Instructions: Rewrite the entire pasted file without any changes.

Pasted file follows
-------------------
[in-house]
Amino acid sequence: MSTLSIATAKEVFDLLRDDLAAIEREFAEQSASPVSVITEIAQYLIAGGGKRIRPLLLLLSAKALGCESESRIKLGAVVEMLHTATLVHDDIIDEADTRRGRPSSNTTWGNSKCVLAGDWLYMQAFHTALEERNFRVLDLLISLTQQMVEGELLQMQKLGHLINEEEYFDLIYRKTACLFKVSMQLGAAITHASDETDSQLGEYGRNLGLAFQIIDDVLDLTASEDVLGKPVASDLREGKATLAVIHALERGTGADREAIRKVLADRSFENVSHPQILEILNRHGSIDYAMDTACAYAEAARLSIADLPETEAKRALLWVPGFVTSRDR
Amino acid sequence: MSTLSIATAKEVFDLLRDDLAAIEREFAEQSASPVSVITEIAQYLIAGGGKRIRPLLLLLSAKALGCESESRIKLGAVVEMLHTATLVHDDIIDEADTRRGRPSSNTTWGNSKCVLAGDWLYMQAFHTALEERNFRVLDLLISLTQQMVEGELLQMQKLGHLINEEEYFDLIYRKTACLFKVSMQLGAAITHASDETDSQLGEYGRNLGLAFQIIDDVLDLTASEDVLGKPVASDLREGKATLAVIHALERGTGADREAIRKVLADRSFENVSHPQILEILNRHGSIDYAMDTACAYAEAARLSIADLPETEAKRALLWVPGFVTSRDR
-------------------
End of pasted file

[in-house]
Amino acid sequence: MSTLSIATAKEVFDLLRDDLAAIEREFAEQSASPVSVITEIAQYLIAGGGKRIRPLLLLLSAKALGCESESRIKLGAVVEMLHTATLVHDDIIDEADTRRGRPSSNTTWGNSKCVLAGDWLYMQAFHTALEERNFRVLDLLISLTQQMVEGELLQMQKLGHLINEEEYFDLIYRKTACLFKVSMQLGAAITHASDETDSQLGEYGRNLGLAFQIIDDVLDLTASEDVLGKPVASDLREGKATLAVIHALERGTGADREAIRKVLADRSFENVSHPQILEILNRHGSIDYAMDTACAYAEAARLSIADLPETEAKRALLWVPGFVTSRDR
Amino acid sequence: MSTLSIATAKEVFDLLRDDLAAIEREFAEQSASPVSVITEIAQYLIAGGGKRIRPLLLLLSAKALGCESESRIKLGAVVEMLHTATLVHDDIIDEADTRRGRPSSNTTWGNSKCVLAGDWLYMQAFHTALEERNFRVLDLLISLTQQMVEGELLQMQKLGHLINEEEYFDLIYRKTACLFKVSMQLGAAITHASDETDSQLGEYGRNLGLAFQIIDDVLDLTASEDVLGKPVASDLREGKATLAVIHALERGTGADREAIRKVLADRSFENVSHPQILEILNRHGSIDYAMDTACAYAEAARLSIADLPETEAKRALLWVPGFVTSRDR